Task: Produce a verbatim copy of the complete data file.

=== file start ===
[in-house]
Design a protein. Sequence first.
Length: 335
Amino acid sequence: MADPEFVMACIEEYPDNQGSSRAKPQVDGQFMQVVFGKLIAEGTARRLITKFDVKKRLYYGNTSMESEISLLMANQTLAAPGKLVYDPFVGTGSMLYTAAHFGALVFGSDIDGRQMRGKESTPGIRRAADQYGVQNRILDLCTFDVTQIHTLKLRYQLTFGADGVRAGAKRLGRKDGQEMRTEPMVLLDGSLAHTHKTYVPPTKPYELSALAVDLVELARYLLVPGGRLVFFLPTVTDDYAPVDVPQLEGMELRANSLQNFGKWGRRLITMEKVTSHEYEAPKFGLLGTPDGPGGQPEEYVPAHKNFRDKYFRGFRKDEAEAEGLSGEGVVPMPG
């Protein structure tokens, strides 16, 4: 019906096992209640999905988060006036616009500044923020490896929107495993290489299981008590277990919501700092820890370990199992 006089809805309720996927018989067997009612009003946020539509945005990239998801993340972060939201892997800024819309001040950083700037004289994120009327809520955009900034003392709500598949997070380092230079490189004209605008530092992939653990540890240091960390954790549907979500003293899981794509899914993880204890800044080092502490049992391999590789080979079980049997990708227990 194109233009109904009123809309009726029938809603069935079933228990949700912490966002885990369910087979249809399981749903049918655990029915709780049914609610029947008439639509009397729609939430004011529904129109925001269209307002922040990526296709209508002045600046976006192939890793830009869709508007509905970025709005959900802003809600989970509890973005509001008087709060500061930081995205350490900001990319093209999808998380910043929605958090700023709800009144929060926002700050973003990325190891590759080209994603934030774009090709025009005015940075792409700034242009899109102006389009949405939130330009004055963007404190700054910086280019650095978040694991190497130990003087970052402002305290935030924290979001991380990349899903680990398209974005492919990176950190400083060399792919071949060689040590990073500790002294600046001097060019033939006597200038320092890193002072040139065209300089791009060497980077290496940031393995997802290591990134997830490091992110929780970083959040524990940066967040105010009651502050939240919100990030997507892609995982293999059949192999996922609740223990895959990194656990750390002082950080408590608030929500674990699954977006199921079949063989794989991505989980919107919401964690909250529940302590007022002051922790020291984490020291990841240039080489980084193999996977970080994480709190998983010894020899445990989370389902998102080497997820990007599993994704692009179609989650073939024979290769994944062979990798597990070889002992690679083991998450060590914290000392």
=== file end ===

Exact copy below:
[in-house]
Design a protein. Sequence first.
Length: 335
Amino acid sequence: MADPEFVMACIEEYPDNQGSSRAKPQVDGQFMQVVFGKLIAEGTARRLITKFDVKKRLYYGNTSMESEISLLMANQTLAAPGKLVYDPFVGTGSMLYTAAHFGALVFGSDIDGRQMRGKESTPGIRRAADQYGVQNRILDLCTFDVTQIHTLKLRYQLTFGADGVRAGAKRLGRKDGQEMRTEPMVLLDGSLAHTHKTYVPPTKPYELSALAVDLVELARYLLVPGGRLVFFLPTVTDDYAPVDVPQLEGMELRANSLQNFGKWGRRLITMEKVTSHEYEAPKFGLLGTPDGPGGQPEEYVPAHKNFRDKYFRGFRKDEAEAEGLSGEGVVPMPG
């Protein structure tokens, strides 16, 4: 019906096992209640999905988060006036616009500044923020490896929107495993290489299981008590277990919501700092820890370990199992 006089809805309720996927018989067997009612009003946020539509945005990239998801993340972060939201892997800024819309001040950083700037004289994120009327809520955009900034003392709500598949997070380092230079490189004209605008530092992939653990540890240091960390954790549907979500003293899981794509899914993880204890800044080092502490049992391999590789080979079980049997990708227990 194109233009109904009123809309009726029938809603069935079933228990949700912490966002885990369910087979249809399981749903049918655990029915709780049914609610029947008439639509009397729609939430004011529904129109925001269209307002922040990526296709209508002045600046976006192939890793830009869709508007509905970025709005959900802003809600989970509890973005509001008087709060500061930081995205350490900001990319093209999808998380910043929605958090700023709800009144929060926002700050973003990325190891590759080209994603934030774009090709025009005015940075792409700034242009899109102006389009949405939130330009004055963007404190700054910086280019650095978040694991190497130990003087970052402002305290935030924290979001991380990349899903680990398209974005492919990176950190400083060399792919071949060689040590990073500790002294600046001097060019033939006597200038320092890193002072040139065209300089791009060497980077290496940031393995997802290591990134997830490091992110929780970083959040524990940066967040105010009651502050939240919100990030997507892609995982293999059949192999996922609740223990895959990194656990750390002082950080408590608030929500674990699954977006199921079949063989794989991505989980919107919401964690909250529940302590007022002051922790020291984490020291990841240039080489980084193999996977970080994480709190998983010894020899445990989370389902998102080497997820990007599993994704692009179609989650073939024979290769994944062979990798597990070889002992690679083991998450060590914290000392």